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Hello everyone! The Mozart Requiem is an insanely fascinating body of work. And, I have always wondered how Mozart managed to write so much quality material in such a short span of time (especially considering it was his final work). In researching this, I have recently discovered several passages from the Mozart requiem which utilize themes by other composers. In this post, I am briefly going to mention these different passages.
Disclaimer: All of the passages are still Mozart's own theoretical work in terms of development. I am merely pointing out the use of themes by other composers within this work
First of all, here is the introitus movement:
The first theme of this movement is a quotation of the first theme in Handel's "The ways of Zion do mourn." This can be noted within the Requiem to be the text:
I also feel like the starting mood and accompanying figure of this Handelian work is quite similar to the starting mood of the movement.
However, according to this source, it would appear that Handel was not the only composer to use this theme. It comes first from a Lutheran hymn called “When My Final Hour is At Hand." The source specifically says:
The main “Requiem” theme, the DNA of which permeates the entire work, is, in fact, a quote. This melody (d-c#-d-e-f) is from a Lutheran hymn, “When My Final Hour is At Hand.”
Though I haven't been able to find a recording of this hymn, I checked the Wikipedia page about Handel's piece. That says:
The anthem begins with a chorus that recalls the chorales used in the Lutheran church services Handel attended and composed music for as a young man
I think these two things paired together are strong enough to at least be included. Here is Handel's use of the theme though:
The next theme which is a quotation is the soprano solo which from another Lutheran Hymn/Bach cantata. Both of these pieces are called: "Meine seele erhebet den Herren." (“My soul doth magnify the Lord," also called "the German Magnificat.") The text this theme is used for is:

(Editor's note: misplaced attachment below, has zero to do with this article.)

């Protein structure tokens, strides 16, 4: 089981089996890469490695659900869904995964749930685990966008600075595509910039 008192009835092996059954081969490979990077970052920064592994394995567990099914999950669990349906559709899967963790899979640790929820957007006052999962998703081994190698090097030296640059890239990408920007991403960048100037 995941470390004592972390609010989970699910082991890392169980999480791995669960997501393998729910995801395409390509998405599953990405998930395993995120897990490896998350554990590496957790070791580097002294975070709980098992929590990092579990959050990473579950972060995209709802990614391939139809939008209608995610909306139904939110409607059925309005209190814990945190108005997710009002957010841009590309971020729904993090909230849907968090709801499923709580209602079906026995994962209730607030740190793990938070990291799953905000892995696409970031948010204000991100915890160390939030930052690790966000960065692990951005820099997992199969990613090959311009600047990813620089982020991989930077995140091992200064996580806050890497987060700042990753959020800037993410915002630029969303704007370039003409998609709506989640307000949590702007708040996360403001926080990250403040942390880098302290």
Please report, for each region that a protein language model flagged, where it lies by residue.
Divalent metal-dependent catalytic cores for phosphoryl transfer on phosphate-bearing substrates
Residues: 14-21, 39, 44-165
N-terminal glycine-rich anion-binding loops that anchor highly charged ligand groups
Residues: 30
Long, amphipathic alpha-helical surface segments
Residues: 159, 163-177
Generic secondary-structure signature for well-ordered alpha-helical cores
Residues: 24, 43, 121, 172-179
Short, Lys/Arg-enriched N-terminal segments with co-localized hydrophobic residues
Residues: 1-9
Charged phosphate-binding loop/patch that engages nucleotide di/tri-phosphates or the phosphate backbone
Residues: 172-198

Te decet hymnus Deus in Zion
Apparently, Mozart was not even the first to use this theme for this text. That was apparently done by Michael Haydn in his own requiem, a work which Mozart apparently sang in his youth.
Here is a recording of the Bach:
Here is a recording of the Haydn:
The last movement I know of which quotes another work is the Kyrie Eleison which is a Double Fugue, the primary subject of which utilizes a Handelian theme from the Messiah movement "And with His stripes we are healed." This one was fun to discover because it was my first time listening all the way through the Messiah. It seemed to come out of nowhere, and I knew right away that I'd heard it in the Kyrie movement of this requiem. Here's a recording of the Handelian work:
Here is the Kyrie movement:
- Mozart Requiem Wikipedia Page
- Conductor Kenneth Woods' Personal Blog
- Handel "The Ways of Zion do Mourn" Wikipedia Page
Thanks for reading this! I hope you have found this information helpful. I consider it interesting how much the masters seemed to quote historical hymns or the historical work of other masters. I partially wonder if this world with an absence of copyright laws was a better breeding ground for creative geniuses than our current world. However, there are many who prove that theory wrong. Please remember that feedback is always appreciated and greatly encouraged! I hope you have a great night!
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